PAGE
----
EconPapers    
Economics at your fingertips  
 

The supply of media slant across outlets and demand for slant within-outlets: Evidence from US presidential campaign news

Daniel Stone, Gaurav Sood, Marcel Garz () and Justin Wallace

No fy2we, SocArXiv from Center for Open Science

Abstract: We conduct across-outlet and within-outlet (and within-topic) analyses of ``congenially'' slanted news. We study ``horse race'' news (news on candidates' chances in an upcoming election) from six major online outlets for the 2012 and 2016 US presidential campaigns. We find robust evidence that horse race headlines were slanted congenially with respect to the preferences of the outlets' typical readers. However, evidence of congenial slant in the timing and frequency of horse race stories is weaker. We also find very limited evidence of greater within-outlet demand for headlines most congenial to outlets' typical readers, and somewhat stronger evidence of greater demand for relatively \emph{uncongenial} headlines. We discuss how various aspects of our results are consistent with each of the major mechanisms driving slant studied in the theoretical literature, and may help explain when each mechanism is more likely to come into play. In particular, readers may be more likely to click on uncongenial headlines due to inferring that these stories are particularly informative when they stand in contrast to an outlet's typically congenial slant.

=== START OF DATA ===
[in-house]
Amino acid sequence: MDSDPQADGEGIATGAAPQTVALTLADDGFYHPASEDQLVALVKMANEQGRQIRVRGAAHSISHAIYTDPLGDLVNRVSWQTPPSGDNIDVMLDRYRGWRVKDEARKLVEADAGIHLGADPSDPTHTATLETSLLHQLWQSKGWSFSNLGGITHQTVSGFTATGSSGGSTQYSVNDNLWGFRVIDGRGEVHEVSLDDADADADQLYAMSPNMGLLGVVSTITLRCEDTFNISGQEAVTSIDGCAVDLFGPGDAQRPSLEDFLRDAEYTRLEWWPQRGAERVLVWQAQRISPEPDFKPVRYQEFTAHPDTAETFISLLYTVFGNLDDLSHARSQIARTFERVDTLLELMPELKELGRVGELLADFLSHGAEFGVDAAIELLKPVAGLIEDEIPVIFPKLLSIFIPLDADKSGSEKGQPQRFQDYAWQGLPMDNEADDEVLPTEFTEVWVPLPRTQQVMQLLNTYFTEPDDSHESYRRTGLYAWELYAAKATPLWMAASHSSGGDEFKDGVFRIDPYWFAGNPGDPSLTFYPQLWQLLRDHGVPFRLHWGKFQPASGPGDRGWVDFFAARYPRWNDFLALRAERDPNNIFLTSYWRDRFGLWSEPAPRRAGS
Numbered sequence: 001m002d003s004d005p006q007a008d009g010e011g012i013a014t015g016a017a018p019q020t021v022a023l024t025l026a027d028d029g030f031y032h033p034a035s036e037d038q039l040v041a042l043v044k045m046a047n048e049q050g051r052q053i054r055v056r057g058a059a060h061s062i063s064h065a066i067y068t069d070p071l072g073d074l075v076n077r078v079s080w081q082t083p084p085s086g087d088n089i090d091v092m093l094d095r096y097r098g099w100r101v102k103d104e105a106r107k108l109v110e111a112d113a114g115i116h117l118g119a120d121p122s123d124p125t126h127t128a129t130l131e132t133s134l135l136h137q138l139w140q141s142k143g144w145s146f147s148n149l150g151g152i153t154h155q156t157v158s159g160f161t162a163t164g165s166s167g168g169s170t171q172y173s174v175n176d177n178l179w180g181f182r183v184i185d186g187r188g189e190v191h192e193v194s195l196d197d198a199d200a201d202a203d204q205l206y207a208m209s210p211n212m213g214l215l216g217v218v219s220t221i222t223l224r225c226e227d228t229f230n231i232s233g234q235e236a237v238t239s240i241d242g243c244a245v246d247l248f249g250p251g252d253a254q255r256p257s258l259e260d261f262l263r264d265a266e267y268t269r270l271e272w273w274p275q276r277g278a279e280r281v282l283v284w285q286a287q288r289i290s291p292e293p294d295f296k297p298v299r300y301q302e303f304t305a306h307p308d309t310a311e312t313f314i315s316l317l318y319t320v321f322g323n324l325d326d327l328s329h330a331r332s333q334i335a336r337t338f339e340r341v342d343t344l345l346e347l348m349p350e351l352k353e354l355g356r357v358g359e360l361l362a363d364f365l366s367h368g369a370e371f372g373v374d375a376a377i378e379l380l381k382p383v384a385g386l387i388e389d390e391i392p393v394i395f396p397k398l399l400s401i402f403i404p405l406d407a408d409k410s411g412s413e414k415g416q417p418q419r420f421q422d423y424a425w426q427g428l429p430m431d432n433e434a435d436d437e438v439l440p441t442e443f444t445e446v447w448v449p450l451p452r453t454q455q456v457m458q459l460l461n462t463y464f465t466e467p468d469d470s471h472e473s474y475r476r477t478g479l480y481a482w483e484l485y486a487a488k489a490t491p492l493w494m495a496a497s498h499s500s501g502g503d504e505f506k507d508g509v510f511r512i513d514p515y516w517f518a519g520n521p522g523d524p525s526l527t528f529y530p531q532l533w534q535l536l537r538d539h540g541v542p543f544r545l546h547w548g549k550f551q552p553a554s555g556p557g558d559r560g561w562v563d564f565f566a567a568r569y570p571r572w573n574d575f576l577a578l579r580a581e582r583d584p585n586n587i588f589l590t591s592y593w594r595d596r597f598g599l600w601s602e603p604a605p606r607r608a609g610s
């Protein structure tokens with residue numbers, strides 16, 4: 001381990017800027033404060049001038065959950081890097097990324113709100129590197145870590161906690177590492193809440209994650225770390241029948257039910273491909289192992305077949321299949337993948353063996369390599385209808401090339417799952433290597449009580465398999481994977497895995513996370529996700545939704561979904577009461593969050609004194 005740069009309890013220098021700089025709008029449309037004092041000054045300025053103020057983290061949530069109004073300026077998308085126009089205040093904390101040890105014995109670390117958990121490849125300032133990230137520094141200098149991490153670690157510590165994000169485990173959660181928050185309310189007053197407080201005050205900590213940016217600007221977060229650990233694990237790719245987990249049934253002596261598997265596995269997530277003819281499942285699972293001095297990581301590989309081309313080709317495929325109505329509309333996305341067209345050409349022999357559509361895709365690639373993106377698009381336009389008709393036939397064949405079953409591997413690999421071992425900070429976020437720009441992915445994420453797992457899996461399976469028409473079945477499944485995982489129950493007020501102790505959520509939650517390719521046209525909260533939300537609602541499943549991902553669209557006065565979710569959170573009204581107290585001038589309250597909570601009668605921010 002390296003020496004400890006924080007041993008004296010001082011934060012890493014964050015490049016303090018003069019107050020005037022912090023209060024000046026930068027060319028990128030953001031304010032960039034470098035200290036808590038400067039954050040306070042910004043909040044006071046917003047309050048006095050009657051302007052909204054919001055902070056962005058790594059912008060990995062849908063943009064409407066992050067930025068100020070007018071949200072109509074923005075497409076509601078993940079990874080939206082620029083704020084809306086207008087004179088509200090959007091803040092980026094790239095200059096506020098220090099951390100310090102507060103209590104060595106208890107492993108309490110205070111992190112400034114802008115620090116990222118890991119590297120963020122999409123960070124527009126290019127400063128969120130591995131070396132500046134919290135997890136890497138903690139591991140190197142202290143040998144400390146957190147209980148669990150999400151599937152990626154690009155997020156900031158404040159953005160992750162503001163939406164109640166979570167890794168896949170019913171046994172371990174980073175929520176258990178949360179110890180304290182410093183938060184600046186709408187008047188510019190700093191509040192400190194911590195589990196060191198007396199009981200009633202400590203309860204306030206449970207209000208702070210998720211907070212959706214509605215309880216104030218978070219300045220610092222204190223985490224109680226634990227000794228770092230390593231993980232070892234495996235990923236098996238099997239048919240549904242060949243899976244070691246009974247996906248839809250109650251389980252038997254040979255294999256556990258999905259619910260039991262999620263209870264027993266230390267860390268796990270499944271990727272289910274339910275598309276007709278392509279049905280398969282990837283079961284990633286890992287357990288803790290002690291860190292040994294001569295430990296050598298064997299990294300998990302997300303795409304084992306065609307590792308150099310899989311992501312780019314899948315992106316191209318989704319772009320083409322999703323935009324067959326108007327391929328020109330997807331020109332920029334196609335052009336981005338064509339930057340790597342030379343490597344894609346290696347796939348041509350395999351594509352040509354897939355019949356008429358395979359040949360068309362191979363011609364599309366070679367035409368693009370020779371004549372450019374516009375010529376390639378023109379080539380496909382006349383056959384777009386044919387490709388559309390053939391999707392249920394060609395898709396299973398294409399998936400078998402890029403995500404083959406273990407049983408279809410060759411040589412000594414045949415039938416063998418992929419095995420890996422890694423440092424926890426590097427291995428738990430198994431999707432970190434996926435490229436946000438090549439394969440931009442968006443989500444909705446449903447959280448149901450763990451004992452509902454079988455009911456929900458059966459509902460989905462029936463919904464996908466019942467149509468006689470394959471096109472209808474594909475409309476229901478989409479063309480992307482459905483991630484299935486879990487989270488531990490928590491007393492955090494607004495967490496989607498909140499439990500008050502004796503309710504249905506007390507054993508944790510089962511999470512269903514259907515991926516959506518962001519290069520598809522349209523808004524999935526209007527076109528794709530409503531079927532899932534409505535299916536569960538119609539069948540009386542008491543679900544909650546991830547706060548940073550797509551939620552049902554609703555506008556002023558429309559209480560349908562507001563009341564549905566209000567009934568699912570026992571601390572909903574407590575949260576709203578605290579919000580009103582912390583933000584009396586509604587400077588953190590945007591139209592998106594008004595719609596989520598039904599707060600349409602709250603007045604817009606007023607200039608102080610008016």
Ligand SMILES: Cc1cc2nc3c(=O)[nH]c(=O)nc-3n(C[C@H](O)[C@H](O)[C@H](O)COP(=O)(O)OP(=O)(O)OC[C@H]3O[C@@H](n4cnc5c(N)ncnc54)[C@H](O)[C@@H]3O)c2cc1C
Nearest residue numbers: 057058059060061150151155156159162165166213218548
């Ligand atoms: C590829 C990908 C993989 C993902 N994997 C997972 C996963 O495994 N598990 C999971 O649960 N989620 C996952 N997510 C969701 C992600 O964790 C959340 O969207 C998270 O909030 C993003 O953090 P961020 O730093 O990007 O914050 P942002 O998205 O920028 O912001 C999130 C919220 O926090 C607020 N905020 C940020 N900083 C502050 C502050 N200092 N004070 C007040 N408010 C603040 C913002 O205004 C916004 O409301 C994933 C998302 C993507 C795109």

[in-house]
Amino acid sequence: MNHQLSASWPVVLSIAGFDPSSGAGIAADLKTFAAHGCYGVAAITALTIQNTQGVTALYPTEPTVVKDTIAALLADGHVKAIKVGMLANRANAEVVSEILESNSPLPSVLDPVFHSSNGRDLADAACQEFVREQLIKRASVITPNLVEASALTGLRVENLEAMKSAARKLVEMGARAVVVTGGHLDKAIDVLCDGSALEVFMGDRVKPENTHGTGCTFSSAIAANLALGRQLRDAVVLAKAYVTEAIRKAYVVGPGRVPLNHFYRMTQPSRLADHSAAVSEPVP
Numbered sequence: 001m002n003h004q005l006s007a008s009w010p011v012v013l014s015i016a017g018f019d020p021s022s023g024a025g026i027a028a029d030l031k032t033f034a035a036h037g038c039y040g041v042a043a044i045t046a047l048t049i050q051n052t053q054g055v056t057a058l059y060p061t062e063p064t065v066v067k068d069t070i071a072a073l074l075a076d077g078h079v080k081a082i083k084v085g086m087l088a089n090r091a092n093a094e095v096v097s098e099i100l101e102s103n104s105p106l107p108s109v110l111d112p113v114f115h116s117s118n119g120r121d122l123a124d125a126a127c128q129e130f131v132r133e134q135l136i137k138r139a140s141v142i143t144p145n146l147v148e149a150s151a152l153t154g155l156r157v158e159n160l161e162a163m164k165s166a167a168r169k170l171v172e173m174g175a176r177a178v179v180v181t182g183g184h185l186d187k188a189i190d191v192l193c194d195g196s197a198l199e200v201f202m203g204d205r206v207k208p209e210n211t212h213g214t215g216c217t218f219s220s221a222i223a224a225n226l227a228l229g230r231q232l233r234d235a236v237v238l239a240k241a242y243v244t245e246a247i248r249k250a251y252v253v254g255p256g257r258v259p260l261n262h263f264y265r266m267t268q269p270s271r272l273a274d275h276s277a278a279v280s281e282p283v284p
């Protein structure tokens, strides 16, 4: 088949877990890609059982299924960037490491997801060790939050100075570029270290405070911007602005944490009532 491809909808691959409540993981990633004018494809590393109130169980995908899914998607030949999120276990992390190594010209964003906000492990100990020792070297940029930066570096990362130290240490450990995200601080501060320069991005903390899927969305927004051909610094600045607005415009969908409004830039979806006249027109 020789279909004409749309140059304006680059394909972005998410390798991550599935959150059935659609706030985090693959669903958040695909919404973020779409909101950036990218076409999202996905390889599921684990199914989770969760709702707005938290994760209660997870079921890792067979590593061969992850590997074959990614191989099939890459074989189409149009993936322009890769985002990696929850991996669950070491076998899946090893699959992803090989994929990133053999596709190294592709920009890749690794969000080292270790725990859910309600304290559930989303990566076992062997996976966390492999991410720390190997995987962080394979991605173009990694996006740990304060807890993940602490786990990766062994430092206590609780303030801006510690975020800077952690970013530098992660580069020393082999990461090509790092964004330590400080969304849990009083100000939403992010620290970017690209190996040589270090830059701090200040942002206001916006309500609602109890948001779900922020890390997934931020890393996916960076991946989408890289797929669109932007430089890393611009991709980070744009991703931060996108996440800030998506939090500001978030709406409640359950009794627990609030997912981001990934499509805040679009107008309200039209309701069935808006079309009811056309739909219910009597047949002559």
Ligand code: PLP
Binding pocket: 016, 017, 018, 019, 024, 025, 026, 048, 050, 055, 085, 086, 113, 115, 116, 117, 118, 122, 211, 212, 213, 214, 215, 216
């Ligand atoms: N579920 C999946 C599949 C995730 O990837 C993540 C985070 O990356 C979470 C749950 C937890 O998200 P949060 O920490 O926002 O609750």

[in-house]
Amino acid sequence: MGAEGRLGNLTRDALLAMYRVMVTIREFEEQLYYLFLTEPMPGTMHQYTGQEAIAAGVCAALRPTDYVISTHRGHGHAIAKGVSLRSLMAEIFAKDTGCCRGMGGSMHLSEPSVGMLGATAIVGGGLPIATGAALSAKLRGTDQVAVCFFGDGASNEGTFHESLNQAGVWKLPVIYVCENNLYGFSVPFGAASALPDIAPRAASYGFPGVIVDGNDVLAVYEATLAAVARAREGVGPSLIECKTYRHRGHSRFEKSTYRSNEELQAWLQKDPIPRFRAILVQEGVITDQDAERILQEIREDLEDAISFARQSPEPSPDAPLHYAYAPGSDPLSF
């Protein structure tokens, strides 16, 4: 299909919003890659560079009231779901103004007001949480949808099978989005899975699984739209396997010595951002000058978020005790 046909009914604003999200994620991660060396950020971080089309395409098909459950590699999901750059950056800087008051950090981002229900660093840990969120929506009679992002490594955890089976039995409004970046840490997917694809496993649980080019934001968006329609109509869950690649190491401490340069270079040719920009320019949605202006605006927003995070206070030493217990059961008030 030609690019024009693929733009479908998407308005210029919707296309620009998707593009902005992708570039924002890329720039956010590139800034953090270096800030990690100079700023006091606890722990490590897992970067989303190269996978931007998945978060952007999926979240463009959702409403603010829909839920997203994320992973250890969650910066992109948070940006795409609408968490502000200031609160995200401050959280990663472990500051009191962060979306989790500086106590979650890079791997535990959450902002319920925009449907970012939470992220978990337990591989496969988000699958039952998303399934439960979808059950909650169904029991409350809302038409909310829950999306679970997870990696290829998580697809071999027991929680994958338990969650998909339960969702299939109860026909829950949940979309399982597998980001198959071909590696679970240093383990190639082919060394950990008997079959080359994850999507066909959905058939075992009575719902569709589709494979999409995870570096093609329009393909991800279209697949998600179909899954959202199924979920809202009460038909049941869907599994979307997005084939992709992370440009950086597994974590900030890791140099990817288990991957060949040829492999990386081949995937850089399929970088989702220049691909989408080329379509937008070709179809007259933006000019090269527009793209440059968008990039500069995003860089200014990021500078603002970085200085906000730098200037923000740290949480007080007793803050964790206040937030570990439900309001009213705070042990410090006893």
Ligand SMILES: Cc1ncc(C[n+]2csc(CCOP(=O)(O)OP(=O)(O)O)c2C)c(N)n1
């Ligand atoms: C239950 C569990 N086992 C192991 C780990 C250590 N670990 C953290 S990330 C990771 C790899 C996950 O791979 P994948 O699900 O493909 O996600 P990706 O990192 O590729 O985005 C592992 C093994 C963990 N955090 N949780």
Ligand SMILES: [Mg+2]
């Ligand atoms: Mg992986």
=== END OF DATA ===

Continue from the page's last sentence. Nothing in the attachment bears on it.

Date: 2018-10-16
New Economics Papers: this item is included in nep-pay
References: View references in EconPapers View complete reference list from CitEc
Citations: View citations in EconPapers (1) Track citations by RSS feed

Downloads: (external link)
https://osf.io/download/5bc64f058811c1001a54f681/

Related works:
Journal Article: The supply of media slant across outlets and demand for slant within outlets: Evidence from US presidential campaign news (2020) Downloads
This item may be available elsewhere in EconPapers: Search for items with the same title.

Export reference: BibTeX RIS (EndNote, ProCite, RefMan) HTML/Text

Persistent link: https://EconPapers.repec.org/RePEc:osf:socarx:fy2we

DOI: 10.31219/osf.io/fy2we

Access Statistics for this paper

More papers in SocArXiv from Center for Open Science
Bibliographic data for series maintained by OSF ().

 
Page updated 2021-11-28
Handle: RePEc:osf:socarx:fy2we